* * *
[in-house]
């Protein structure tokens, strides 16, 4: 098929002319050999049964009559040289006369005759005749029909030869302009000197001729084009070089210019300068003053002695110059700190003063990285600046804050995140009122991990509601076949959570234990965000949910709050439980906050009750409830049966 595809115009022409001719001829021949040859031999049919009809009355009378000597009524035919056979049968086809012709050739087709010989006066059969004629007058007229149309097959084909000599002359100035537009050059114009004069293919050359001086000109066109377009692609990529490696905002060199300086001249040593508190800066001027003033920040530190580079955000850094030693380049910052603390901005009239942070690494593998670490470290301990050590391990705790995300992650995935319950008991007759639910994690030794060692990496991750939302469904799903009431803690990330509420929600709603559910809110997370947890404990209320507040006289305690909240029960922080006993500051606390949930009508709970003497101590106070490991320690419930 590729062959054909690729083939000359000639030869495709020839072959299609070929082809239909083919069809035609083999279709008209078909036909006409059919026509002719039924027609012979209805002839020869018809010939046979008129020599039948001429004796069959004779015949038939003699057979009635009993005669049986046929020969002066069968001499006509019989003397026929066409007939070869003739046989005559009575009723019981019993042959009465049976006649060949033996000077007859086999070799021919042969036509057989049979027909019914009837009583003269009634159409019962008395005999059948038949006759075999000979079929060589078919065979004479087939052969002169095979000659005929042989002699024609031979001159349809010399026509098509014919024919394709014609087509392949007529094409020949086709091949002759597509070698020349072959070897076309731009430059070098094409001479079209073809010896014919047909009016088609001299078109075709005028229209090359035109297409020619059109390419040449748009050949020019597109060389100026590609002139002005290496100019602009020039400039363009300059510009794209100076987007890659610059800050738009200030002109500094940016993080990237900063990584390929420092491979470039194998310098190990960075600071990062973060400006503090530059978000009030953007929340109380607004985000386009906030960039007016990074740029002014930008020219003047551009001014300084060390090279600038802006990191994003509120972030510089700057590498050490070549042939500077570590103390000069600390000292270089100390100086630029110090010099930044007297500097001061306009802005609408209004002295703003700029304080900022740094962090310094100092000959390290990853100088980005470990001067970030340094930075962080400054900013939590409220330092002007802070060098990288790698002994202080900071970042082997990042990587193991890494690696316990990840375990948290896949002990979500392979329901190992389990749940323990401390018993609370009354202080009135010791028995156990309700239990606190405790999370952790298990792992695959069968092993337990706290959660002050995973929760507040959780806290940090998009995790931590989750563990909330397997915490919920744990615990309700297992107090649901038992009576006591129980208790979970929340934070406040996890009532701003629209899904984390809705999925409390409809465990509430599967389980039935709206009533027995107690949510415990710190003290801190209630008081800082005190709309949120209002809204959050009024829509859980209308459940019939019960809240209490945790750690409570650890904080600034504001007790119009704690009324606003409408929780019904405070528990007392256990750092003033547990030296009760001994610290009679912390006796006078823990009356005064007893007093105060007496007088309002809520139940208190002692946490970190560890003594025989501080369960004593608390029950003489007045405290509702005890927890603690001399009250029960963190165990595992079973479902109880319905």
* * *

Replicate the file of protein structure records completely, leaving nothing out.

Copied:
[in-house]
């Protein structure tokens, strides 16, 4: 098929002319050999049964009559040289006369005759005749029909030869302009000197001729084009070089210019300068003053002695110059700190003063990285600046804050995140009122991990509601076949959570234990965000949910709050439980906050009750409830049966 595809115009022409001719001829021949040859031999049919009809009355009378000597009524035919056979049968086809012709050739087709010989006066059969004629007058007229149309097959084909000599002359100035537009050059114009004069293919050359001086000109066109377009692609990529490696905002060199300086001249040593508190800066001027003033920040530190580079955000850094030693380049910052603390901005009239942070690494593998670490470290301990050590391990705790995300992650995935319950008991007759639910994690030794060692990496991750939302469904799903009431803690990330509420929600709603559910809110997370947890404990209320507040006289305690909240029960922080006993500051606390949930009508709970003497101590106070490991320690419930 590729062959054909690729083939000359000639030869495709020839072959299609070929082809239909083919069809035609083999279709008209078909036909006409059919026509002719039924027609012979209805002839020869018809010939046979008129020599039948001429004796069959004779015949038939003699057979009635009993005669049986046929020969002066069968001499006509019989003397026929066409007939070869003739046989005559009575009723019981019993042959009465049976006649060949033996000077007859086999070799021919042969036509057989049979027909019914009837009583003269009634159409019962008395005999059948038949006759075999000979079929060589078919065979004479087939052969002169095979000659005929042989002699024609031979001159349809010399026509098509014919024919394709014609087509392949007529094409020949086709091949002759597509070698020349072959070897076309731009430059070098094409001479079209073809010896014919047909009016088609001299078109075709005028229209090359035109297409020619059109390419040449748009050949020019597109060389100026590609002139002005290496100019602009020039400039363009300059510009794209100076987007890659610059800050738009200030002109500094940016993080990237900063990584390929420092491979470039194998310098190990960075600071990062973060400006503090530059978000009030953007929340109380607004985000386009906030960039007016990074740029002014930008020219003047551009001014300084060390090279600038802006990191994003509120972030510089700057590498050490070549042939500077570590103390000069600390000292270089100390100086630029110090010099930044007297500097001061306009802005609408209004002295703003700029304080900022740094962090310094100092000959390290990853100088980005470990001067970030340094930075962080400054900013939590409220330092002007802070060098990288790698002994202080900071970042082997990042990587193991890494690696316990990840375990948290896949002990979500392979329901190992389990749940323990401390018993609370009354202080009135010791028995156990309700239990606190405790999370952790298990792992695959069968092993337990706290959660002050995973929760507040959780806290940090998009995790931590989750563990909330397997915490919920744990615990309700297992107090649901038992009576006591129980208790979970929340934070406040996890009532701003629209899904984390809705999925409390409809465990509430599967389980039935709206009533027995107690949510415990710190003290801190209630008081800082005190709309949120209002809204959050009024829509859980209308459940019939019960809240209490945790750690409570650890904080600034504001007790119009704690009324606003409408929780019904405070528990007392256990750092003033547990030296009760001994610290009679912390006796006078823990009356005064007893007093105060007496007088309002809520139940208190002692946490970190560890003594025989501080369960004593608390029950003489007045405290509702005890927890603690001399009250029960963190165990595992079973479902109880319905």